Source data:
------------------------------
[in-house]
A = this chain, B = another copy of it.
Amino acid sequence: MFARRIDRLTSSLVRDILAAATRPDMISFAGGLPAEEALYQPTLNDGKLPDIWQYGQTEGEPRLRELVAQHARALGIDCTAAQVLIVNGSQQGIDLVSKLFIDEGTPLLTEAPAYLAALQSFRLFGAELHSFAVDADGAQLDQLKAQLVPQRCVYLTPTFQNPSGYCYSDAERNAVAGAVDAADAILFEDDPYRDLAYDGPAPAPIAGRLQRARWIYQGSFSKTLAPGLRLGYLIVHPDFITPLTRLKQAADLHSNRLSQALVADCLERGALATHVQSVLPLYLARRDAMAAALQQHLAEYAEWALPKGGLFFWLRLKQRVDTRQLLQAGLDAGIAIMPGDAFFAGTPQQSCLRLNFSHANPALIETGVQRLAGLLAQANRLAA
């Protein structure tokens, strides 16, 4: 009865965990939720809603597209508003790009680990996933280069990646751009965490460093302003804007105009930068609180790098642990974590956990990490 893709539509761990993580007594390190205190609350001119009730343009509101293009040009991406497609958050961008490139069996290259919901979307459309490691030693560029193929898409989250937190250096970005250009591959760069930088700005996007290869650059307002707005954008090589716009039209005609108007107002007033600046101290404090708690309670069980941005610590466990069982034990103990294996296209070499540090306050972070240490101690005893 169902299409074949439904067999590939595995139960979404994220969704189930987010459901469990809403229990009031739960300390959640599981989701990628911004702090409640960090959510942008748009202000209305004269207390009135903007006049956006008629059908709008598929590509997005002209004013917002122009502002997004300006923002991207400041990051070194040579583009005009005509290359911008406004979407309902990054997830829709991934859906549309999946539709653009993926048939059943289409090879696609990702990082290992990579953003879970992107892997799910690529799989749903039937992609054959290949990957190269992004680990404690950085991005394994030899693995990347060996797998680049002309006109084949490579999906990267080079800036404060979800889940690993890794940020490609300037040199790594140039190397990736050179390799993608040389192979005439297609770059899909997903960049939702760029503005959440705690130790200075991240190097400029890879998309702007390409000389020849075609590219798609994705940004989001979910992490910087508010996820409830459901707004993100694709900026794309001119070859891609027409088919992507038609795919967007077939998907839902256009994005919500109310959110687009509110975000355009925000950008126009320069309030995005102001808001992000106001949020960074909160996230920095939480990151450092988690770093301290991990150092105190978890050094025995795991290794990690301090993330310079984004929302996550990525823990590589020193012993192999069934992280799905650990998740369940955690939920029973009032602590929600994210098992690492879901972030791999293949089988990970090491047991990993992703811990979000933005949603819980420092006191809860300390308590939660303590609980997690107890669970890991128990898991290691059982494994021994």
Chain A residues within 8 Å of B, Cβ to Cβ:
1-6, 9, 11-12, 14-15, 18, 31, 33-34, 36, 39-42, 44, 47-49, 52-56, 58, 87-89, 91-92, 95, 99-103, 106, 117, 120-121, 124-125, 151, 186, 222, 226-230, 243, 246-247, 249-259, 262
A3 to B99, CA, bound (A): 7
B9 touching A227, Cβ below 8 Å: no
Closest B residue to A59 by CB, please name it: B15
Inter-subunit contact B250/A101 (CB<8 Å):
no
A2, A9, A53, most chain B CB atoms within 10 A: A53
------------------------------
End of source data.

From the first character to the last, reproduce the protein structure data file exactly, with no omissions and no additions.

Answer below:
[in-house]
A = this chain, B = another copy of it.
Amino acid sequence: MFARRIDRLTSSLVRDILAAATRPDMISFAGGLPAEEALYQPTLNDGKLPDIWQYGQTEGEPRLRELVAQHARALGIDCTAAQVLIVNGSQQGIDLVSKLFIDEGTPLLTEAPAYLAALQSFRLFGAELHSFAVDADGAQLDQLKAQLVPQRCVYLTPTFQNPSGYCYSDAERNAVAGAVDAADAILFEDDPYRDLAYDGPAPAPIAGRLQRARWIYQGSFSKTLAPGLRLGYLIVHPDFITPLTRLKQAADLHSNRLSQALVADCLERGALATHVQSVLPLYLARRDAMAAALQQHLAEYAEWALPKGGLFFWLRLKQRVDTRQLLQAGLDAGIAIMPGDAFFAGTPQQSCLRLNFSHANPALIETGVQRLAGLLAQANRLAA
């Protein structure tokens, strides 16, 4: 009865965990939720809603597209508003790009680990996933280069990646751009965490460093302003804007105009930068609180790098642990974590956990990490 893709539509761990993580007594390190205190609350001119009730343009509101293009040009991406497609958050961008490139069996290259919901979307459309490691030693560029193929898409989250937190250096970005250009591959760069930088700005996007290869650059307002707005954008090589716009039209005609108007107002007033600046101290404090708690309670069980941005610590466990069982034990103990294996296209070499540090306050972070240490101690005893 169902299409074949439904067999590939595995139960979404994220969704189930987010459901469990809403229990009031739960300390959640599981989701990628911004702090409640960090959510942008748009202000209305004269207390009135903007006049956006008629059908709008598929590509997005002209004013917002122009502002997004300006923002991207400041990051070194040579583009005009005509290359911008406004979407309902990054997830829709991934859906549309999946539709653009993926048939059943289409090879696609990702990082290992990579953003879970992107892997799910690529799989749903039937992609054959290949990957190269992004680990404690950085991005394994030899693995990347060996797998680049002309006109084949490579999906990267080079800036404060979800889940690993890794940020490609300037040199790594140039190397990736050179390799993608040389192979005439297609770059899909997903960049939702760029503005959440705690130790200075991240190097400029890879998309702007390409000389020849075609590219798609994705940004989001979910992490910087508010996820409830459901707004993100694709900026794309001119070859891609027409088919992507038609795919967007077939998907839902256009994005919500109310959110687009509110975000355009925000950008126009320069309030995005102001808001992000106001949020960074909160996230920095939480990151450092988690770093301290991990150092105190978890050094025995795991290794990690301090993330310079984004929302996550990525823990590589020193012993192999069934992280799905650990998740369940955690939920029973009032602590929600994210098992690492879901972030791999293949089988990970090491047991990993992703811990979000933005949603819980420092006191809860300390308590939660303590609980997690107890669970890991128990898991290691059982494994021994």
Chain A residues within 8 Å of B, Cβ to Cβ:
1-6, 9, 11-12, 14-15, 18, 31, 33-34, 36, 39-42, 44, 47-49, 52-56, 58, 87-89, 91-92, 95, 99-103, 106, 117, 120-121, 124-125, 151, 186, 222, 226-230, 243, 246-247, 249-259, 262
A3 to B99, CA, bound (A): 7
B9 touching A227, Cβ below 8 Å: no
Closest B residue to A59 by CB, please name it: B15
Inter-subunit contact B250/A101 (CB<8 Å):
no
A2, A9, A53, most chain B CB atoms within 10 A: A53